Privacy Concerns Raised Over Google Services

Google is one of many online service providers that have taken a good deal of flak recently because of privacy concerns. Unfortunately, legitimate concerns seem to be lost amongst a pervasive misconception of privacy issues in a digital world. This is typified in the delayed reaction to the Google PhoneBook.

Web sites that will reverse a phone number and give you the physical address have been around for some time. Before the Web, there were printed directories and the ubiquitous phone operator. Similarly, Web sites that provide driving directions replaced AAA and good old fashioned maps.

50 years ago, it was only moderately difficult to find out where a person lived and how to get to their home address starting with their phone number. Five years ago it was relatively easy to accomplish the same task by visiting a few Web sites. Two years ago, when Google rolled out the Google PhoneBook, combining all these tasks into a single interface, no one looked up.

One year ago, people started to notice. Messages began circulating, warning people about the Google PhoneBook service. The first of these messages coincided with the advent of Google watch dog sites, most of which were formed by jilted marketers whose sites had recently dropped in ranking on the main Google search.

Despite more reasoned analyses of search engine privacy concerns, alarmist headlines like "Is Google too powerful?" proliferate the media, old and new. As always, lack of understanding breeds fear -- and fear only clouds important issues.

In some ways, the Google PhoneBook is the result of 50 years of lax or nonexistent privacy laws in a telecommunications boom. It's also the result of an increasing demand for convenience. Convenience and privacy often seem mutually exclusive.

However, it's fairly easy to have your name removed from the Google PhoneBook: just fill out a form on the Google site. Better yet, request that your local telephone company not publish your number. Of course, that will cost you more -- and that's the real tragedy.

To be fair, the Google PhoneBook and similar services lower the barrier to entry. The O'Reilly book, Google Hacks even describes the processes of crawling the Google PhoneBook and scraping the addresses. Scraping is the process of extracting information from a Web page. In this case, the authors of the book have written a program which submits phone numbers to Google and extracts the addresses from the resulting Web page.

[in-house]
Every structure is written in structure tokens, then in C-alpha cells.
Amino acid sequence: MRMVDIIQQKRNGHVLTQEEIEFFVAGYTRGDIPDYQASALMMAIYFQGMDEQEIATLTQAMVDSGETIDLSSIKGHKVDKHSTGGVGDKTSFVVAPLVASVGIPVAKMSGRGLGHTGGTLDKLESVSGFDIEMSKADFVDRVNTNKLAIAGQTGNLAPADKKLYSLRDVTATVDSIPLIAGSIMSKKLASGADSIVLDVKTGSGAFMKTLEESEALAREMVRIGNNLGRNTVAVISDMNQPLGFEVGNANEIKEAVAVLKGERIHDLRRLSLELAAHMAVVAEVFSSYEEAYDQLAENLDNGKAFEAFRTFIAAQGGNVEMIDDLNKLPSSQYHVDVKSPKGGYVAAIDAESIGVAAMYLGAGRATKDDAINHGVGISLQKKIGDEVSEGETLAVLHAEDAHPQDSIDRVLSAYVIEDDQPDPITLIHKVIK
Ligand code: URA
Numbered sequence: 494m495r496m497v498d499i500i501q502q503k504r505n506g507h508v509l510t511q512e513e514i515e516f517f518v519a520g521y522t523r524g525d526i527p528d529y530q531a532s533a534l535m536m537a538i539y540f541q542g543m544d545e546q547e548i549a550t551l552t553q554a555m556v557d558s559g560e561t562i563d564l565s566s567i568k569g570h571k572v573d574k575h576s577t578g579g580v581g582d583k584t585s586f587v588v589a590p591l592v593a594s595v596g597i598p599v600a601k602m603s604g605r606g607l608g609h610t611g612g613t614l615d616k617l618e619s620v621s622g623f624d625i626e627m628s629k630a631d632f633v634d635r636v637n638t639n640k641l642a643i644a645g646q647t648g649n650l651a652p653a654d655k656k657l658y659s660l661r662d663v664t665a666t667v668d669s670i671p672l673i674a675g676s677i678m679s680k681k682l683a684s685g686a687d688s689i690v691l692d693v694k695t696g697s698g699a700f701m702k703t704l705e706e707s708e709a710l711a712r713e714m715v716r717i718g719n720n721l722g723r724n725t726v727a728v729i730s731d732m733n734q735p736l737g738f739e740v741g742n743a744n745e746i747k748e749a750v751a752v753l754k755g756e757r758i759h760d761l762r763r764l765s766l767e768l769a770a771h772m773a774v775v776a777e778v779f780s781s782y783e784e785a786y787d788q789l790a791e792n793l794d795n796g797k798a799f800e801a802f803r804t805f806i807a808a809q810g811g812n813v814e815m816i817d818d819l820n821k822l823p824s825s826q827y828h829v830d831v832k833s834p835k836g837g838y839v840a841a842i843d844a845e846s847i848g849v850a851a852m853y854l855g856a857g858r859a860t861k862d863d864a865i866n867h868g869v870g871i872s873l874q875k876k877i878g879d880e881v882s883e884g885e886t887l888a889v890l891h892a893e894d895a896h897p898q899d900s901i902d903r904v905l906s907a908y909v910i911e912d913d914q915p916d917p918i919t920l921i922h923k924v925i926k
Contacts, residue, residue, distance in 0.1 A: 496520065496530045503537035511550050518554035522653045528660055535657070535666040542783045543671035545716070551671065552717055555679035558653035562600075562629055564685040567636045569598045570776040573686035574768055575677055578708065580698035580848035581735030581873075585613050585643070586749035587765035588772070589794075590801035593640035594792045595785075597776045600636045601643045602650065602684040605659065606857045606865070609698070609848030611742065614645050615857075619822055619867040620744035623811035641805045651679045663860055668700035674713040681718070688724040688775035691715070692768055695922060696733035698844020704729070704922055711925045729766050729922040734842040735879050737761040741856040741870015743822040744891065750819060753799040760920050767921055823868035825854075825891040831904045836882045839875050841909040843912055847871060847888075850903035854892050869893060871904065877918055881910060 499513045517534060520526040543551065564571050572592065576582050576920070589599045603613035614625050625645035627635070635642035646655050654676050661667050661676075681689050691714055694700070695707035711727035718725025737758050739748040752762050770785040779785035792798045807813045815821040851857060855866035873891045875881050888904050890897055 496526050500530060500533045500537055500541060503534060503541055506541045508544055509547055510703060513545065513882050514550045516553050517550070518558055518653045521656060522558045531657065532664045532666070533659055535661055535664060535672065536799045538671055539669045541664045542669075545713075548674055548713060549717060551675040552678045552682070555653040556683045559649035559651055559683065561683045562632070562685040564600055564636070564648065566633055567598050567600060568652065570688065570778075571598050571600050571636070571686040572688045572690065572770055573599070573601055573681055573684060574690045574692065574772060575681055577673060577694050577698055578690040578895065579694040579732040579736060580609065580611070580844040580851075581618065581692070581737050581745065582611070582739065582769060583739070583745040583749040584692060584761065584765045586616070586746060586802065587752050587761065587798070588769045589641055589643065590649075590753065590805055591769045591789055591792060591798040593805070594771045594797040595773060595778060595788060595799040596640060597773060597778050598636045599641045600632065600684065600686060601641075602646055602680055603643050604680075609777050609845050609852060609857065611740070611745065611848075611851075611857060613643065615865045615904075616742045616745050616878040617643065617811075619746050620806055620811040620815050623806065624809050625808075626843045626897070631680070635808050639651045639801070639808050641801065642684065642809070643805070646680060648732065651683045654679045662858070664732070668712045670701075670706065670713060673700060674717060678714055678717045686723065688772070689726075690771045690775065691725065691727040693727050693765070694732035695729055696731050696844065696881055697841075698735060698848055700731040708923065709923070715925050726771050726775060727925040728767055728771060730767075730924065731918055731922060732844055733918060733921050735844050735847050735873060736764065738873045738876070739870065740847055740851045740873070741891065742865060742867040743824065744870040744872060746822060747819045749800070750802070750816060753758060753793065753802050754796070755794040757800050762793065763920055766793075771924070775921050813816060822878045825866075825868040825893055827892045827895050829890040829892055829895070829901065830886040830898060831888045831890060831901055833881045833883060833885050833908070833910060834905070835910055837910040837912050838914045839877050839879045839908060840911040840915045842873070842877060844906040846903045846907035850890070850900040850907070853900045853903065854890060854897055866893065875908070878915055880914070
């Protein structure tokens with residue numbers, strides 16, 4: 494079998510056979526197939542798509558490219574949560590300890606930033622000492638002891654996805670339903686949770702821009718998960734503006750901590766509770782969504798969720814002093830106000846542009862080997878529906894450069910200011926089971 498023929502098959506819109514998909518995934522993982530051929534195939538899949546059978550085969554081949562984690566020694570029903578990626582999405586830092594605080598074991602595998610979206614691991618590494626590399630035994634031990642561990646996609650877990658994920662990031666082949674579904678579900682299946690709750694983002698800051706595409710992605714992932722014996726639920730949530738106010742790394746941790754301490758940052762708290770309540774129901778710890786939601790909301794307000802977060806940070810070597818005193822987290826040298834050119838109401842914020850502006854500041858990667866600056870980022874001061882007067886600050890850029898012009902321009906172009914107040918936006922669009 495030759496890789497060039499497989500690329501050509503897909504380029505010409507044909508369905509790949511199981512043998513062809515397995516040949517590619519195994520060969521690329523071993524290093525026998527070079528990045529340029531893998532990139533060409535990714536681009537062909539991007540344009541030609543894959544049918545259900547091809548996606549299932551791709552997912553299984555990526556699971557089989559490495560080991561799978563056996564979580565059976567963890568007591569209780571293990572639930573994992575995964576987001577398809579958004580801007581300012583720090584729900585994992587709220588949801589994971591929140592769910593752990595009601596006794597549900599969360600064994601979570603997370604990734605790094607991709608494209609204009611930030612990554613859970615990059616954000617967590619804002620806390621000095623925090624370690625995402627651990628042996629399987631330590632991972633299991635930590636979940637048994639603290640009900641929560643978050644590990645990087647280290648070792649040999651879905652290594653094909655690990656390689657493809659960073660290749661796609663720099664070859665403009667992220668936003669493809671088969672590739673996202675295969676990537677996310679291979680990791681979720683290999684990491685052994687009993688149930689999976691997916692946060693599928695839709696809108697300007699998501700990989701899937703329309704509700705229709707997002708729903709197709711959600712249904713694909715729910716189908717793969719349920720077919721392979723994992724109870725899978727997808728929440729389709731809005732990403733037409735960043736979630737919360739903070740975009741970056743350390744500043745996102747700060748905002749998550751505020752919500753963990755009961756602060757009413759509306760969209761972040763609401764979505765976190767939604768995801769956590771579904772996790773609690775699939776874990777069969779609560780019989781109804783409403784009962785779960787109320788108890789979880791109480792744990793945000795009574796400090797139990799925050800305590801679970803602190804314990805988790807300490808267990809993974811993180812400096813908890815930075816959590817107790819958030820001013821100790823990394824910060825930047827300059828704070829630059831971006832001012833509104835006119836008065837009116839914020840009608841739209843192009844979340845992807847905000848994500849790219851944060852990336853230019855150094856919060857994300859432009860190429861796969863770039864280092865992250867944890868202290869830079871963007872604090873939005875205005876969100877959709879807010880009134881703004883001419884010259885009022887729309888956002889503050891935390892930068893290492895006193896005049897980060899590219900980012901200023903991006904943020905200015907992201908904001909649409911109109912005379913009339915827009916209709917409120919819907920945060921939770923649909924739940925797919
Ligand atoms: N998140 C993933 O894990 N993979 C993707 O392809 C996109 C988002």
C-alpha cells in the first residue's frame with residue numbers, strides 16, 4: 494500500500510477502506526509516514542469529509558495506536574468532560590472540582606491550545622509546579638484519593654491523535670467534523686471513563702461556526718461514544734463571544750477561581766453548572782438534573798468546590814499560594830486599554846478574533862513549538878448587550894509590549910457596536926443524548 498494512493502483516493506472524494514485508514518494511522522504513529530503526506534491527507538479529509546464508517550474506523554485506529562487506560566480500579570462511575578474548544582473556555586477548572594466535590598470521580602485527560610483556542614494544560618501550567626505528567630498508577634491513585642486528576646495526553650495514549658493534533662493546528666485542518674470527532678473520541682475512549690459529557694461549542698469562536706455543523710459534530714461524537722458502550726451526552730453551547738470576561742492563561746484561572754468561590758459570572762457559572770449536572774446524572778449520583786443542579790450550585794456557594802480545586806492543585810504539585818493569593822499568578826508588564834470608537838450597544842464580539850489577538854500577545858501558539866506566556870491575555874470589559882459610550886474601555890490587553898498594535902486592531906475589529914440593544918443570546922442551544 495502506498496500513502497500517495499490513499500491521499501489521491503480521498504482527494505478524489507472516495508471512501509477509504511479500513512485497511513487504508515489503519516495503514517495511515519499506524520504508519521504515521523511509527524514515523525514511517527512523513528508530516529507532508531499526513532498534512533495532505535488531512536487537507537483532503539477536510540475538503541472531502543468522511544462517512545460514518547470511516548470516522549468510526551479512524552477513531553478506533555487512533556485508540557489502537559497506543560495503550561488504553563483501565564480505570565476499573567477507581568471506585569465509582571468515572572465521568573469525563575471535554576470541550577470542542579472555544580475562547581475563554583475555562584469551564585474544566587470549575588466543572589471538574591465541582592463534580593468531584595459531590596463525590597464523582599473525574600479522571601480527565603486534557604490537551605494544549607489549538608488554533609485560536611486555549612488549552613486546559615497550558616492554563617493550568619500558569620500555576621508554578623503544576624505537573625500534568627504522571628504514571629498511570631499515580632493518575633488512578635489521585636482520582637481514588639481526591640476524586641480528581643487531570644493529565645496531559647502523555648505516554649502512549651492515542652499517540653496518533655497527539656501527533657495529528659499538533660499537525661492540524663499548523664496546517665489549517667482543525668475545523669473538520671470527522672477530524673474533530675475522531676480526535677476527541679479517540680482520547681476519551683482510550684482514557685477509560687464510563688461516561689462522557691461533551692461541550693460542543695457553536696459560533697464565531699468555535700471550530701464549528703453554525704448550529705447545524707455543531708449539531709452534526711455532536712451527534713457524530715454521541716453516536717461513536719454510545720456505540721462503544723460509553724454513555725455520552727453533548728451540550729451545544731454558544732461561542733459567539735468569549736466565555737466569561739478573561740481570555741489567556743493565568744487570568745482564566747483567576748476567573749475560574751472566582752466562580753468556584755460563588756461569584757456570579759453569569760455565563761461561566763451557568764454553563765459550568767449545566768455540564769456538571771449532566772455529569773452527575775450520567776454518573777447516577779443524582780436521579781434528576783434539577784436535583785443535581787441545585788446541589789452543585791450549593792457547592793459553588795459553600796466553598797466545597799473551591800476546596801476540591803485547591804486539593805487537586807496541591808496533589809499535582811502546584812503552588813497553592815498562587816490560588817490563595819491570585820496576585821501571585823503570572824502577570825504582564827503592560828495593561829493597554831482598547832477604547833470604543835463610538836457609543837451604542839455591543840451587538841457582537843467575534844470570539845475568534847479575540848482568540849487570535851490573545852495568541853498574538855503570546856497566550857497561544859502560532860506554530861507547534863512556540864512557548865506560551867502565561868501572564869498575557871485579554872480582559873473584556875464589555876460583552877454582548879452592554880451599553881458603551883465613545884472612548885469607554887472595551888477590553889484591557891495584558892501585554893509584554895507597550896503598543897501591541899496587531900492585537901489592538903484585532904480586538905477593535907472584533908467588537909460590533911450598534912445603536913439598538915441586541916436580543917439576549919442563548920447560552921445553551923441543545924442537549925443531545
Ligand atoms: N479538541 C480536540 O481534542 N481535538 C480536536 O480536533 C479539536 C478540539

Again, the information is all public. Google has just made it more accessible -- more convenient. However, more recently, Google may have really mis=stepped in debuting their new GMail service.

Google rolled out a Web mail service similar to MSN's Hotmail. However, unlike Hotmail, Google plans to offer 1 Gigabyte of free space. Amidst the initial fervor, people overlooked the fact that Google planned to make money off the service by scanning customer's messages and delivering relevant ads.

To further complicate the matter, the GMail privacy policy claims, "residual copies of E-mail may remain on our systems, even after you have deleted them from your mailbox or after the termination of your account." When asked about whether or not the identities of GMail users would be tied to the searches they performed on Google, Google co-founder Larry Page replied, "It might be really useful for us to know that information. I'd hate to rule anything like that out."

GMail isn't the only service that trades free e-mail for ads. Hotmail and Yahoo have been using this model for some time. Further, both services have been plagued by privacy concerns and mishaps. Most recently, Yahoo changed their "Opt-Out" policy yet again. Yahoo's new privacy policy extends past Web mail and searching and into phone calls and junk mail.

The core offenders are the telephone companies, credit bureaus, and other "old world" institutions who collect and share personal information. The Internet is merely the latest medium by which companies like Google, Yahoo, and MSN are enabling the greater and more expedient distribution of that information.

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